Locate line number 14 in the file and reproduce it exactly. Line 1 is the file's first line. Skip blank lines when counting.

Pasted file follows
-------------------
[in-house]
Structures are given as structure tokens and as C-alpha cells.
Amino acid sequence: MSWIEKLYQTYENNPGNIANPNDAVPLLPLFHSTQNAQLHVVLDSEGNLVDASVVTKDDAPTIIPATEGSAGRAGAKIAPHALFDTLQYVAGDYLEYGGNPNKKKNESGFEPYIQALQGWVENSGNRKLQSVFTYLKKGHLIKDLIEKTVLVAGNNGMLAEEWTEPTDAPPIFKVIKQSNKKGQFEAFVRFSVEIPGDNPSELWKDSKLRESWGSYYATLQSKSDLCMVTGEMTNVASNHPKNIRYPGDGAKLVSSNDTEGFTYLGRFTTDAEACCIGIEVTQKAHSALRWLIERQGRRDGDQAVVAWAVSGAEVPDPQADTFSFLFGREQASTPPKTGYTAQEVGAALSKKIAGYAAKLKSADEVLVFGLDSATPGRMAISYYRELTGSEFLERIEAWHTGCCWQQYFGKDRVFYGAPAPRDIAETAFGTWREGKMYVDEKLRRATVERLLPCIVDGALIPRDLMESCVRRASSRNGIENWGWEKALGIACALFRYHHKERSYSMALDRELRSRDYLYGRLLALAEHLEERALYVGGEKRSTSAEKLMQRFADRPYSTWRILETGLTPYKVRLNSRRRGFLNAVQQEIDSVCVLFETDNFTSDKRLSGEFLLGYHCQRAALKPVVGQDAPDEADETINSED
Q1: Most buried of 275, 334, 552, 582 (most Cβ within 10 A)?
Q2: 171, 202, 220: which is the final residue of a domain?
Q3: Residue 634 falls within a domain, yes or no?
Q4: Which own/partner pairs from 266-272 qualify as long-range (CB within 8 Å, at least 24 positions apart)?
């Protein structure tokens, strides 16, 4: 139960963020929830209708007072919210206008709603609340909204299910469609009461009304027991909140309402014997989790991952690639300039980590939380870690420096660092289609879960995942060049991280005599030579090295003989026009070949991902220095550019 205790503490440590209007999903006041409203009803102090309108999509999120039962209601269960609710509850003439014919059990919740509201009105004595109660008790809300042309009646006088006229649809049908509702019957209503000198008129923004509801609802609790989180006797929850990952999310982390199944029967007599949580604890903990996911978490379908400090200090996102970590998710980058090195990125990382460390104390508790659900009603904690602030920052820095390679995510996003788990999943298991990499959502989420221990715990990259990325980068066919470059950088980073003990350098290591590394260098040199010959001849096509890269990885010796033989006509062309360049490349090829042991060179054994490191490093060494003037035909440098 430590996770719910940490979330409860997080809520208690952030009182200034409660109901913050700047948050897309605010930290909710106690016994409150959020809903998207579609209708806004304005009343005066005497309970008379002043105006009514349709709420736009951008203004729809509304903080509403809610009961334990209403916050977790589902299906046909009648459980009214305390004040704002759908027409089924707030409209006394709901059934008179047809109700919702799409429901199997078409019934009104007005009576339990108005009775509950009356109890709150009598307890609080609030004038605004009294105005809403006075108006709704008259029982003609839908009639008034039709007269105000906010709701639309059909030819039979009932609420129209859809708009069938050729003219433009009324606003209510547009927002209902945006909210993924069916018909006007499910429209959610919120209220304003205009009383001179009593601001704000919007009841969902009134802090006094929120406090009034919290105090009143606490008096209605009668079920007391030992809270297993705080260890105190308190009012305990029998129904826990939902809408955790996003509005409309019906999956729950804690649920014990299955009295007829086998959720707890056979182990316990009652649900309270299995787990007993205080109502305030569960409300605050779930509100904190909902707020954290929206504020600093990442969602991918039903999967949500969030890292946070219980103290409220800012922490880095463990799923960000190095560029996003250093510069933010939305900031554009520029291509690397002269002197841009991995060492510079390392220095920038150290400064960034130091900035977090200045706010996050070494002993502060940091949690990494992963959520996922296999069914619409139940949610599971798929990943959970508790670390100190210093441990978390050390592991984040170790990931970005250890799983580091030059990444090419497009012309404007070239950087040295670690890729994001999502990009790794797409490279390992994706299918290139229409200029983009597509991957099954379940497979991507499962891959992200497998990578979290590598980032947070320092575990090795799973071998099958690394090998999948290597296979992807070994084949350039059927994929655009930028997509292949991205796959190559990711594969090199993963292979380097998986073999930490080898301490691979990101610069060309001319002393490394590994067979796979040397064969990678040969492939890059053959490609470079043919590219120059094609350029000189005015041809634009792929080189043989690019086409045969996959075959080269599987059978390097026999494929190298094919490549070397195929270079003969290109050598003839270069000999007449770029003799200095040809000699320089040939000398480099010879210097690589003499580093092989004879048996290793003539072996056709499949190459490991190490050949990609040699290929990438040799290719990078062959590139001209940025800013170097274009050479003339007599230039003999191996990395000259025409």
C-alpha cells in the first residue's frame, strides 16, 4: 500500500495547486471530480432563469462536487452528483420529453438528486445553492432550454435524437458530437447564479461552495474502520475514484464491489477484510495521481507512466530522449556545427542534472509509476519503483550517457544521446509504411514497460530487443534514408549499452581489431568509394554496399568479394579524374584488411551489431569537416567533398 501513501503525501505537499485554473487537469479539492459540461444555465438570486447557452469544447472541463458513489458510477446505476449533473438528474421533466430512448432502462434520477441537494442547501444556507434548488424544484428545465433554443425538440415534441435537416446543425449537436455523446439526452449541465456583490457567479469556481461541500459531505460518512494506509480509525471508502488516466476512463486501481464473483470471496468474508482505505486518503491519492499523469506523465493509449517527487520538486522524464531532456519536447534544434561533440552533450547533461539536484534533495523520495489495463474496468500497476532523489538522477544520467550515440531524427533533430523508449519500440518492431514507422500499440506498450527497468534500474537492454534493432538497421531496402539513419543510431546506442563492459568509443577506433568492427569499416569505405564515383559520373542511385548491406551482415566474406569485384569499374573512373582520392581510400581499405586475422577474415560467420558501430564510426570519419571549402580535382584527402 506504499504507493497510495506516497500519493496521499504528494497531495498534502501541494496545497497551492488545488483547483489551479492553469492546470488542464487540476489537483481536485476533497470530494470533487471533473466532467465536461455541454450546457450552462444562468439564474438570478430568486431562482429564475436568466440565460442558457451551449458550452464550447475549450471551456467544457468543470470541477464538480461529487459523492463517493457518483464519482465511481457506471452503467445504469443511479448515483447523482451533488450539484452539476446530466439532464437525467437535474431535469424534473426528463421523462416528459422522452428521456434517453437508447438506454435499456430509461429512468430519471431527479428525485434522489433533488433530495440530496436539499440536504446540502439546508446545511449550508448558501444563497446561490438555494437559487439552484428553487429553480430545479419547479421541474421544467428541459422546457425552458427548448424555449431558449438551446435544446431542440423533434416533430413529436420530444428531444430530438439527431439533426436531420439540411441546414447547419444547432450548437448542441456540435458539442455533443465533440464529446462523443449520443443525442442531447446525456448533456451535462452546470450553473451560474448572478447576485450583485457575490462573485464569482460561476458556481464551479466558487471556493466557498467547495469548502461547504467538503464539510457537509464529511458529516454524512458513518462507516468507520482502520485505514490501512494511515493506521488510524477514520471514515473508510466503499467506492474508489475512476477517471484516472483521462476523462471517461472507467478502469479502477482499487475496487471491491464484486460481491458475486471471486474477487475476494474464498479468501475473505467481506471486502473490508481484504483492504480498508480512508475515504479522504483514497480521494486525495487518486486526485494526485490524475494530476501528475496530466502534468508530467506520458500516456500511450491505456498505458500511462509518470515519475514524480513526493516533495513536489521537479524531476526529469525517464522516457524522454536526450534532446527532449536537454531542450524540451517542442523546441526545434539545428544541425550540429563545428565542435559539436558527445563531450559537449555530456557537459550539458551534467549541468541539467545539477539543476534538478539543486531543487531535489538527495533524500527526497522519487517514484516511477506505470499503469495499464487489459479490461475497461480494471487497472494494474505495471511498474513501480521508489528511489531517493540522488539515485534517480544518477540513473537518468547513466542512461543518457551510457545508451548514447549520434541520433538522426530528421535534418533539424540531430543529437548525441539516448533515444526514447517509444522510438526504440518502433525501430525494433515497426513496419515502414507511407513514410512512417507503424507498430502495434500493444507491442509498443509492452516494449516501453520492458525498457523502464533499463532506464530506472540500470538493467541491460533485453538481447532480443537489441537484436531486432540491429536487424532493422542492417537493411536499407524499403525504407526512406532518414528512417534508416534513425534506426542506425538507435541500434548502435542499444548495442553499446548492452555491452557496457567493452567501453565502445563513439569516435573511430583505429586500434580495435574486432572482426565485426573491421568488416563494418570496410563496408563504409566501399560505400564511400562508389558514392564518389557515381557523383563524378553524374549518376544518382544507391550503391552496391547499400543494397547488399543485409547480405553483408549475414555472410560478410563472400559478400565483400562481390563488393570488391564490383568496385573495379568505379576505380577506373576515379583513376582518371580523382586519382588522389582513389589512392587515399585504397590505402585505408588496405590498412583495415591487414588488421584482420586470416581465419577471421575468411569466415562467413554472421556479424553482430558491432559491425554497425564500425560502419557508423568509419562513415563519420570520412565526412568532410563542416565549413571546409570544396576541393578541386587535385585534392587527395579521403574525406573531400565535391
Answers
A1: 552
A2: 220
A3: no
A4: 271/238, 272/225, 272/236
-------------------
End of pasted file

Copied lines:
A4: 271/238, 272/225, 272/236